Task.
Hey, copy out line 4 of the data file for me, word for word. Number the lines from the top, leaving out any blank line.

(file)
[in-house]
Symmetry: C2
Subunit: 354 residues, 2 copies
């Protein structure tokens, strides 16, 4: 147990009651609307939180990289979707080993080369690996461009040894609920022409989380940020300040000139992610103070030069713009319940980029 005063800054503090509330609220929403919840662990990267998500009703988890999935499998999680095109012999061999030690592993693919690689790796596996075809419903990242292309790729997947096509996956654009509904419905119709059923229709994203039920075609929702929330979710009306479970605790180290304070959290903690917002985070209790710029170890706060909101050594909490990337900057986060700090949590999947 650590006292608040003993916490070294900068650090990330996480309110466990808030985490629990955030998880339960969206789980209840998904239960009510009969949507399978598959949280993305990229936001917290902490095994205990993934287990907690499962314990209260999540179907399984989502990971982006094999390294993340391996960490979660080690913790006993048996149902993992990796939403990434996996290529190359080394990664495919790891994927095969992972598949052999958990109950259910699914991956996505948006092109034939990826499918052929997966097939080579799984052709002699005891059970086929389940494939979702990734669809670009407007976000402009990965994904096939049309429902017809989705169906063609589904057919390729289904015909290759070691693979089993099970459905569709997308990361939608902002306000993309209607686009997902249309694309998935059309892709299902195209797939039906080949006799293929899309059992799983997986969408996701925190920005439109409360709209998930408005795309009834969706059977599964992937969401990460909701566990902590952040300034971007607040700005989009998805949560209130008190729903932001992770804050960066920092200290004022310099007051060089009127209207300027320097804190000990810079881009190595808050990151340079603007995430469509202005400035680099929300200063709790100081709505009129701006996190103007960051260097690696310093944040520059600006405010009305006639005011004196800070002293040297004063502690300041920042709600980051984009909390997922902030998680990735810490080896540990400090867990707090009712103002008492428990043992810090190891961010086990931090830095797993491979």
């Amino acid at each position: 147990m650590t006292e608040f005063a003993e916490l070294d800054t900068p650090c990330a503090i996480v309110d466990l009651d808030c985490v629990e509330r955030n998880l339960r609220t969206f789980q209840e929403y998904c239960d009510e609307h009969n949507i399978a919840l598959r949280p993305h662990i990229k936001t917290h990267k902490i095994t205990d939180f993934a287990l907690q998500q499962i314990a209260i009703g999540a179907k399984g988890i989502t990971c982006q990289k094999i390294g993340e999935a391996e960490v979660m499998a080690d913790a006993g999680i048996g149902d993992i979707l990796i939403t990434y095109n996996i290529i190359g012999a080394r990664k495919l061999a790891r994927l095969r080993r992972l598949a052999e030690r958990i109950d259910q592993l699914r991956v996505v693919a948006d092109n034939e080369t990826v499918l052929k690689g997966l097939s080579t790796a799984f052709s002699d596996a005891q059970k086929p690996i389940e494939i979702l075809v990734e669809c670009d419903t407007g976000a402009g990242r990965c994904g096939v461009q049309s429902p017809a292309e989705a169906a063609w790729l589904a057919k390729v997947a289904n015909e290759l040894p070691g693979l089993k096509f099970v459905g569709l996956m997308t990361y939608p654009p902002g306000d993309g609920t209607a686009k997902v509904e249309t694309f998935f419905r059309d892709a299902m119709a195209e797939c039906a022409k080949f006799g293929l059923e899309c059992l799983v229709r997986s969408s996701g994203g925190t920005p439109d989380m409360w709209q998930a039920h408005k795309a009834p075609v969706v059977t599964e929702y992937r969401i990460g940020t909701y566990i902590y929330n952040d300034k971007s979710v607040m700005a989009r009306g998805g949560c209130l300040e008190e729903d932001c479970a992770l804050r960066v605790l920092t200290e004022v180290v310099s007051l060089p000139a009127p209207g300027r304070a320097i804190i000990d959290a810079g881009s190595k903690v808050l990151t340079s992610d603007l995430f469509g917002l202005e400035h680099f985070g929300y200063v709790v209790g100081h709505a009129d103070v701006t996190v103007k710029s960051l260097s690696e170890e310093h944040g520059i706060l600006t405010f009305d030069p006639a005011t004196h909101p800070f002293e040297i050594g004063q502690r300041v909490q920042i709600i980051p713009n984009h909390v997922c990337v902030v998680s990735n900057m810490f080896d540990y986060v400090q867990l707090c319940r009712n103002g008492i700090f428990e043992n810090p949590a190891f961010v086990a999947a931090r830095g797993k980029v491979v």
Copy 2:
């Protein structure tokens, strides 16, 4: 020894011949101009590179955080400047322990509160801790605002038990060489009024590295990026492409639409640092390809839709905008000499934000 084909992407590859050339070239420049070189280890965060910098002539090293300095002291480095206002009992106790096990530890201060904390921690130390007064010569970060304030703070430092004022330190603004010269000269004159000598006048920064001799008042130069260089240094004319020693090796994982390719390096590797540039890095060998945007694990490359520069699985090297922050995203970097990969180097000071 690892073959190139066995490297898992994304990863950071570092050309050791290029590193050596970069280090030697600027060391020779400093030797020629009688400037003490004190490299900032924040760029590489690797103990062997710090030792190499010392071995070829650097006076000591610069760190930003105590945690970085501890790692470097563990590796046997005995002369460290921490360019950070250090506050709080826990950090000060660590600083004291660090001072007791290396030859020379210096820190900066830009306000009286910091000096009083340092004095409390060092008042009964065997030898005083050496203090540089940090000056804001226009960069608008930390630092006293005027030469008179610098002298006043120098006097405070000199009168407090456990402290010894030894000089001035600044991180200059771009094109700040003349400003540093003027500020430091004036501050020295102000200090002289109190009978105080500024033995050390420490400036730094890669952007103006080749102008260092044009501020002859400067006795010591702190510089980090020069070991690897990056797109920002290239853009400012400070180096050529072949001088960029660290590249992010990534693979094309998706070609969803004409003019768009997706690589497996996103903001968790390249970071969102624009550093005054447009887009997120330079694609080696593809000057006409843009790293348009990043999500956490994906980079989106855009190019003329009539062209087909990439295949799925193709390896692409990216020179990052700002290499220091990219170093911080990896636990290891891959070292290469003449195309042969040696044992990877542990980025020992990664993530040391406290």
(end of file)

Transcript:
């Protein structure tokens, strides 16, 4: 147990009651609307939180990289979707080993080369690996461009040894609920022409989380940020300040000139992610103070030069713009319940980029 005063800054503090509330609220929403919840662990990267998500009703988890999935499998999680095109012999061999030690592993693919690689790796596996075809419903990242292309790729997947096509996956654009509904419905119709059923229709994203039920075609929702929330979710009306479970605790180290304070959290903690917002985070209790710029170890706060909101050594909490990337900057986060700090949590999947 650590006292608040003993916490070294900068650090990330996480309110466990808030985490629990955030998880339960969206789980209840998904239960009510009969949507399978598959949280993305990229936001917290902490095994205990993934287990907690499962314990209260999540179907399984989502990971982006094999390294993340391996960490979660080690913790006993048996149902993992990796939403990434996996290529190359080394990664495919790891994927095969992972598949052999958990109950259910699914991956996505948006092109034939990826499918052929997966097939080579799984052709002699005891059970086929389940494939979702990734669809670009407007976000402009990965994904096939049309429902017809989705169906063609589904057919390729289904015909290759070691693979089993099970459905569709997308990361939608902002306000993309209607686009997902249309694309998935059309892709299902195209797939039906080949006799293929899309059992799983997986969408996701925190920005439109409360709209998930408005795309009834969706059977599964992937969401990460909701566990902590952040300034971007607040700005989009998805949560209130008190729903932001992770804050960066920092200290004022310099007051060089009127209207300027320097804190000990810079881009190595808050990151340079603007995430469509202005400035680099929300200063709790100081709505009129701006996190103007960051260097690696310093944040520059600006405010009305006639005011004196800070002293040297004063502690300041920042709600980051984009909390997922902030998680990735810490080896540990400090867990707090009712103002008492428990043992810090190891961010086990931090830095797993491979």